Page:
5: Onscreen display
Onscreen displays (OSD) and menus are kind of like rear-window defrosters -- you don't miss them until you don't have them. They provide visual indications of which systems are online or connected, making it easier to configure settings and switch between systems. If you're accustomed to working with GUI assistance, select a model that supports OSD. Also consider OSD-enabled KVM switches if you have to switch frequently between numerous systems, as OSD will make you more efficient.
6: Mount options
Desktop KVMs work well within many organizations, but they don't work well when migrated to server racks. In businesses experiencing growth but working without a current server room or even half-rack, look for KVM switches that can be converted to rack mount, should the need arise. Or start with a standard rack mount unit. Select desktop models only if you're confident the unit will never end up servicing systems mounted in a professional rack or cabinet.
7: Electrical power
KVM switches with their own power supply work more consistently, in my experience, than do those that draw their electrical supply from the systems they connect to. Even many budget-priced KVM switches include optional power supply connections but don't ship with a standalone power adapter. Always check to see whether a power adapter is included with, or supported by, the unit you select. If no power supply is included, visit a nearby Radio Shack or electronics store to purchase the missing component, after assuring its compatibility.
8: Sufficient cable length
More than once, I've seen six-foot KVM cables prove too short when wound through cable management infrastructure. As part of a pre-purchase audit, measure the distances the KVM's cables must cover. Ensure that included cables, or those you purchase separately, are long enough to span the required distances. It sounds academic, but KVM cables are expensive, even when purchased in bulk, and they are painful to have to rerun in server cabinets after discovering the just-purchased items are too short.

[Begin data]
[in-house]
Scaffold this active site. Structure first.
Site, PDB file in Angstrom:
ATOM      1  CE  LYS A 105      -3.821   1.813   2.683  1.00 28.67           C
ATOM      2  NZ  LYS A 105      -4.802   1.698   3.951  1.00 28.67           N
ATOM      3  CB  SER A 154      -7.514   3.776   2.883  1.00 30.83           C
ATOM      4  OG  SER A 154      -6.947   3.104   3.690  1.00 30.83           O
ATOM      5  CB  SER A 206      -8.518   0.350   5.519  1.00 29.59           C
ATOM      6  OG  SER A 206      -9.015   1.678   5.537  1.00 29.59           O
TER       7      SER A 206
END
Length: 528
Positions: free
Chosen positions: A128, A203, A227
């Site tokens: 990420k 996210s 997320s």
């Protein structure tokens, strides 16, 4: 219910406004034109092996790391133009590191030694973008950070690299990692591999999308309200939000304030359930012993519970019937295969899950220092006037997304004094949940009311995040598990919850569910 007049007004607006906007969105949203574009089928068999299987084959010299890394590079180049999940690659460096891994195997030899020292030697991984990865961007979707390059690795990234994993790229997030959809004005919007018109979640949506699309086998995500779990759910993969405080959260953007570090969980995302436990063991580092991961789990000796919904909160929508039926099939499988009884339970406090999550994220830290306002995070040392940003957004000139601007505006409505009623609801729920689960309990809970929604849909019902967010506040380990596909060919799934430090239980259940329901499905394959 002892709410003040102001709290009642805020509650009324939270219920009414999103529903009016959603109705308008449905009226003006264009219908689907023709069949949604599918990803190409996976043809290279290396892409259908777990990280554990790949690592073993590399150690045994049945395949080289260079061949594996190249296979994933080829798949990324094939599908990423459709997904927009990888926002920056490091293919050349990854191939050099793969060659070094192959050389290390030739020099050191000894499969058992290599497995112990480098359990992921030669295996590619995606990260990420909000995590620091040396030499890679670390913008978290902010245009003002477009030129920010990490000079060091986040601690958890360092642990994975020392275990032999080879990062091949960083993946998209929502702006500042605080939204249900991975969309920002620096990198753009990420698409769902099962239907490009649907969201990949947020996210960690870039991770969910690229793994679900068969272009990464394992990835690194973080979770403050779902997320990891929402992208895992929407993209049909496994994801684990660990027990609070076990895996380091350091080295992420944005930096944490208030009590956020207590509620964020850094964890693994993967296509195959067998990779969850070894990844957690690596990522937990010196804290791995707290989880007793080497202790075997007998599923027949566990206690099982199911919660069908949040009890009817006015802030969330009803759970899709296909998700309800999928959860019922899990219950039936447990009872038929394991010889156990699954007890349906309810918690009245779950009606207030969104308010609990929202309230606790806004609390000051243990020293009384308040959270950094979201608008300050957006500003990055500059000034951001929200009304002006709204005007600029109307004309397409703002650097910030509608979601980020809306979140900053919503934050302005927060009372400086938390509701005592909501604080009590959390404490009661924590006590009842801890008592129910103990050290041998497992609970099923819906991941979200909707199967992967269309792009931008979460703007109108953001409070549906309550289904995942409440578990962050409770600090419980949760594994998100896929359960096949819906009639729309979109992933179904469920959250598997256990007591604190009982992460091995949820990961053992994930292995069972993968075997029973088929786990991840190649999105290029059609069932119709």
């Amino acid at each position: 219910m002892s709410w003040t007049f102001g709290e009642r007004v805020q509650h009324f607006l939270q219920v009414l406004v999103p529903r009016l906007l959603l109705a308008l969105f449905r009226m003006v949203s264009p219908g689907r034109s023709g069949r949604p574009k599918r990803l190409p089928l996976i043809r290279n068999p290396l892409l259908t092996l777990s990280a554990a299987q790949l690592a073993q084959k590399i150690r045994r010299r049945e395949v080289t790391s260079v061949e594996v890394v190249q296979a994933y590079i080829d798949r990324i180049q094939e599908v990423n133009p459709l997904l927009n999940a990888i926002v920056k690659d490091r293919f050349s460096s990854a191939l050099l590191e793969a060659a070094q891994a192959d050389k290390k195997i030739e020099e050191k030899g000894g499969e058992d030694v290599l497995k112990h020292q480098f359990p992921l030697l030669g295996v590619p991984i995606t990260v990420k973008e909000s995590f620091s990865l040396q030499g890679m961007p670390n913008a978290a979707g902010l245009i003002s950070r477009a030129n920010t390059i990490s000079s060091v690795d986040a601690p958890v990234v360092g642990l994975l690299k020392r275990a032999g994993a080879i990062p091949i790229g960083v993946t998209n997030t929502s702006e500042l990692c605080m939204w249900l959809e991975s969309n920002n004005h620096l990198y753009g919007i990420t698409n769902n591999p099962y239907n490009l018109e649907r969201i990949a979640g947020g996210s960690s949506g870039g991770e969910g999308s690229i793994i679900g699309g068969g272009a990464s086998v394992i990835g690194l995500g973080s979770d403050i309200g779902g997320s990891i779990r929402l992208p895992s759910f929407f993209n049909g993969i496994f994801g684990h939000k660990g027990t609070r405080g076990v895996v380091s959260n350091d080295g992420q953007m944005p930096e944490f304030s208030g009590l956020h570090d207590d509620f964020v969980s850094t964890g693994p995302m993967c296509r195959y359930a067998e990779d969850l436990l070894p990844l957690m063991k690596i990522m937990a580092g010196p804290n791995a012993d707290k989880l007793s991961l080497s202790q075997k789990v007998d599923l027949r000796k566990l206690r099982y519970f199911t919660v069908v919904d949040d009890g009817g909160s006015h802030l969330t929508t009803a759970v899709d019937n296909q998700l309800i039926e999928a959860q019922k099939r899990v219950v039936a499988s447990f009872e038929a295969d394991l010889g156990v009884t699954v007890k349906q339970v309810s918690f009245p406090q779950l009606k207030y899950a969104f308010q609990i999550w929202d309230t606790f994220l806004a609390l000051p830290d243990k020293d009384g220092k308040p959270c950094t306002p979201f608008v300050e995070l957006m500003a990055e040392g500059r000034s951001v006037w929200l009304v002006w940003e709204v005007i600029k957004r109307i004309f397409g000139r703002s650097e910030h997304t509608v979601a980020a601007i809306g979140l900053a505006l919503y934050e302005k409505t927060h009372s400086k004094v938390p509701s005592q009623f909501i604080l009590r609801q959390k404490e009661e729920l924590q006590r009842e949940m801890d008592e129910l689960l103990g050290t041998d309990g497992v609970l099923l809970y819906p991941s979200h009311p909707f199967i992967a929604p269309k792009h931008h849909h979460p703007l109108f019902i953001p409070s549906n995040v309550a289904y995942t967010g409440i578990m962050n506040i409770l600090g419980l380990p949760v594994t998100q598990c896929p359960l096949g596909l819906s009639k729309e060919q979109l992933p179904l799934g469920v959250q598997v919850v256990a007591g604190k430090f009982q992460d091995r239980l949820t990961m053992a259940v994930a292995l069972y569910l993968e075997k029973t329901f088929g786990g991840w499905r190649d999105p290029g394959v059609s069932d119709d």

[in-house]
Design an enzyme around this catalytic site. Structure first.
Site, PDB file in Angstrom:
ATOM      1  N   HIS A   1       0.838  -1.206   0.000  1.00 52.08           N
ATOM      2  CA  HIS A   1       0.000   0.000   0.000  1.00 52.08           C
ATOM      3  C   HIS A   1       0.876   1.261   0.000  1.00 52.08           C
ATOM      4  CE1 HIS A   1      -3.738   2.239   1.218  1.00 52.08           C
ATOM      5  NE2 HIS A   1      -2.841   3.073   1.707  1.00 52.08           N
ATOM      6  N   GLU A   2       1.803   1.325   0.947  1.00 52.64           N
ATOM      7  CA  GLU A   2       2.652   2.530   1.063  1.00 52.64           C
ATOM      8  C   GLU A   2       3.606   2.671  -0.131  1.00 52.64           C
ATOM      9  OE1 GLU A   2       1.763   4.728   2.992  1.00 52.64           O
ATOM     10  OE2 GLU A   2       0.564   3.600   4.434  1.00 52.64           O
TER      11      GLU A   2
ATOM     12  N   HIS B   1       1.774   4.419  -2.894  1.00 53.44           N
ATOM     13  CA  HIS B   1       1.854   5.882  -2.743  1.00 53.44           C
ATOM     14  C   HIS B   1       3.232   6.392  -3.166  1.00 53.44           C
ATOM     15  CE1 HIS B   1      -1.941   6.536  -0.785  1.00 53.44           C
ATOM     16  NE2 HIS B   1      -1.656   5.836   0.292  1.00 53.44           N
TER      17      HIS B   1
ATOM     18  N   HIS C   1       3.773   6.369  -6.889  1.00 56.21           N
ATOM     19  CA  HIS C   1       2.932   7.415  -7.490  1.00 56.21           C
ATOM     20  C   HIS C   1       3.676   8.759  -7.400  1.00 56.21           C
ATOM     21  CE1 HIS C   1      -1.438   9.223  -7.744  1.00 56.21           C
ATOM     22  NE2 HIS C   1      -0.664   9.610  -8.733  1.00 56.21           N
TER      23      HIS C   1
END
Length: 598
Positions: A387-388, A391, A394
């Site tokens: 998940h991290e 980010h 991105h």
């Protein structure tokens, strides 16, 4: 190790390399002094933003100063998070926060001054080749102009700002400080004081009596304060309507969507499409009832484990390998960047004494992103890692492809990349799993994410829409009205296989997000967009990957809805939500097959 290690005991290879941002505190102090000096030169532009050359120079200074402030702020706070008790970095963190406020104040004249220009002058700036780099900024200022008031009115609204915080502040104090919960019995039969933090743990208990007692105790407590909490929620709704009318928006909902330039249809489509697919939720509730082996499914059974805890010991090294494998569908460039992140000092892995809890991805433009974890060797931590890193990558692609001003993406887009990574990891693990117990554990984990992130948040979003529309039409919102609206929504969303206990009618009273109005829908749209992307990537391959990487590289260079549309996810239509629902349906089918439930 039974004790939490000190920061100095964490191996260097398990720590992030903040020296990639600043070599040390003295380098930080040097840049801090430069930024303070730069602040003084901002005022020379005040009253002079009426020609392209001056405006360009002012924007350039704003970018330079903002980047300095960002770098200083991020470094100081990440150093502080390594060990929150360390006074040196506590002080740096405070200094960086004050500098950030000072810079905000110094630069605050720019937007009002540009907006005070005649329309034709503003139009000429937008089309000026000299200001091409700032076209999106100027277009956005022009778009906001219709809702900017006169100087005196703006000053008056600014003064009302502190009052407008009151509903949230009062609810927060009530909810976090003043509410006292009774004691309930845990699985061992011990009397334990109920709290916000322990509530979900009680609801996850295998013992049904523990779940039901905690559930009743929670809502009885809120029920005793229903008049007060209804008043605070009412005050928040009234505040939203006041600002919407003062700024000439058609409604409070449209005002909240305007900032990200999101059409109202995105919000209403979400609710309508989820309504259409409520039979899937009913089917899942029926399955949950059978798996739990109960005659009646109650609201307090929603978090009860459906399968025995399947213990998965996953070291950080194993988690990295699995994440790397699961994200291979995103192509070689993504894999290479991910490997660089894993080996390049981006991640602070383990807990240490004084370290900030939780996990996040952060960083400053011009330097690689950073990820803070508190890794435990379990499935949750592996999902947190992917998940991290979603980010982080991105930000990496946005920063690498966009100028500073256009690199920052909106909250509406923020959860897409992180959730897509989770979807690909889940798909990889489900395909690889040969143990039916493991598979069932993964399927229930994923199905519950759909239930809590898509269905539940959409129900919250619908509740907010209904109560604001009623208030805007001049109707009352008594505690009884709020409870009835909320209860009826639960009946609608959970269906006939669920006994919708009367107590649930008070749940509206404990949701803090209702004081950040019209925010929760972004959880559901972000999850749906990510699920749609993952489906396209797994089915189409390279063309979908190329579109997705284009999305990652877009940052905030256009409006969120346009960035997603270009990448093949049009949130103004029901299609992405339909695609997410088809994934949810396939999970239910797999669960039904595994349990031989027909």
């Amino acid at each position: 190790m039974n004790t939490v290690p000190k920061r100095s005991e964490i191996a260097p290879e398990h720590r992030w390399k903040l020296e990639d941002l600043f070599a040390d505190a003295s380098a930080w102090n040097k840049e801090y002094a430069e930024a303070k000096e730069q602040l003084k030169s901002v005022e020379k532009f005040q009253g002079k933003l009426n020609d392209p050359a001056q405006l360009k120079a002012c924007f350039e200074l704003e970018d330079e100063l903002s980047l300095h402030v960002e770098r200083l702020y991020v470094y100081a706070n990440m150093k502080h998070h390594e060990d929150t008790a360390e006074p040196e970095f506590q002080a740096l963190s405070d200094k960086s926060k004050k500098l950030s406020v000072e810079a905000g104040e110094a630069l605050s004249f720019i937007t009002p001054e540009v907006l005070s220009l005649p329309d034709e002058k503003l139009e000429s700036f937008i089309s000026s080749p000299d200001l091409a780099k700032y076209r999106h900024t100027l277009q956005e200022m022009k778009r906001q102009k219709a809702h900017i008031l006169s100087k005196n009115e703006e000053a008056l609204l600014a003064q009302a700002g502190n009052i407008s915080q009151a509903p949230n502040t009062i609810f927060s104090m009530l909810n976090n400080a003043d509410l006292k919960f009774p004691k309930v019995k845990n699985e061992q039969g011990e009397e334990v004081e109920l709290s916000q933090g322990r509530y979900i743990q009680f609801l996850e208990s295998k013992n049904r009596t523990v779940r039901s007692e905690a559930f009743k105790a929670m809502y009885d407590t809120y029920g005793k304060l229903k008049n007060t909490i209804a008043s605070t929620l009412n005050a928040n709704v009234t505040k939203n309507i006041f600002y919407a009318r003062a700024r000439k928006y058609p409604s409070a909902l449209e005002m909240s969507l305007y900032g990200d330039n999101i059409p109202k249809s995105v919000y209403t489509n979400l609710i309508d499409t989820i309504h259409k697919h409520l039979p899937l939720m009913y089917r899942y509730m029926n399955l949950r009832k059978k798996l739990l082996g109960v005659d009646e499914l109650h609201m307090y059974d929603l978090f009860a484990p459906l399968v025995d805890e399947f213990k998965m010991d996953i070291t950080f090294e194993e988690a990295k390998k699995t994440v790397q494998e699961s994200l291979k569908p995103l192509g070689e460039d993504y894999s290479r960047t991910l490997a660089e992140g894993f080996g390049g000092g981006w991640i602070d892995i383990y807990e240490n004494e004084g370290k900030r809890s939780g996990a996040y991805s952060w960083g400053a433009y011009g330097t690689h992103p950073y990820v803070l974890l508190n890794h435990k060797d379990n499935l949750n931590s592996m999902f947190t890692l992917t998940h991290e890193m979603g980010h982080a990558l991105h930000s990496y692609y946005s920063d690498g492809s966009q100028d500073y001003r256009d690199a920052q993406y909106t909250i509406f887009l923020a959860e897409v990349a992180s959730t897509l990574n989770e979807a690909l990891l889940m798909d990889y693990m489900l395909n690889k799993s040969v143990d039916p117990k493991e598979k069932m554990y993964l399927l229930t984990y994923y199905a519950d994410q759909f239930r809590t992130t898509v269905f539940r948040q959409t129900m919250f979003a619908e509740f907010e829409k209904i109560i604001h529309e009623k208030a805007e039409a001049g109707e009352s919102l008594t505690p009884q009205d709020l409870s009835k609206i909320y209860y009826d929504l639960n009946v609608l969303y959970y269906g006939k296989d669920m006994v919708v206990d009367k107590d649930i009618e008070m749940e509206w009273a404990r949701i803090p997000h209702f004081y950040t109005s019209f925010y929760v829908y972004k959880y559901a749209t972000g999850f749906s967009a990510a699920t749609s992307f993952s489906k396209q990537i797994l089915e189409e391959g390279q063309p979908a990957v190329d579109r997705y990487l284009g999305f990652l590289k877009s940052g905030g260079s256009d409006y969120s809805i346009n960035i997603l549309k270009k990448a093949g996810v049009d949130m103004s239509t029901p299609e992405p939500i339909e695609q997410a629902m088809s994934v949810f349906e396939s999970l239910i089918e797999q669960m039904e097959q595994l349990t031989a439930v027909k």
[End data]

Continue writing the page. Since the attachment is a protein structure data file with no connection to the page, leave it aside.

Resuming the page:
9: Reset button
Occasionally, KVM memory becomes corrupted. Since KVMs frequently receive power not only from a standalone power adapter but also from the systems the KVM switch is connected to, it can prove difficult to clear a corrupted KVM switch's electronics. No one should have to climb behind a server rack to physically disconnect four, eight, or even 16 systems just to clear a frozen KVM. Look for systems that have a simple reset button.
10: Audio support
While less common, some environments require that system audio be available from the systems the KVM controls. Of course, not all KVM switches support audio. Review a specific model's individual specifications to confirm that it will support audio. Otherwise, you could find yourself stuck with convoluted workarounds resulting in a cacophony of noise. Prevent headaches. KVM switches can be very unforgiving. Perform your homework up front.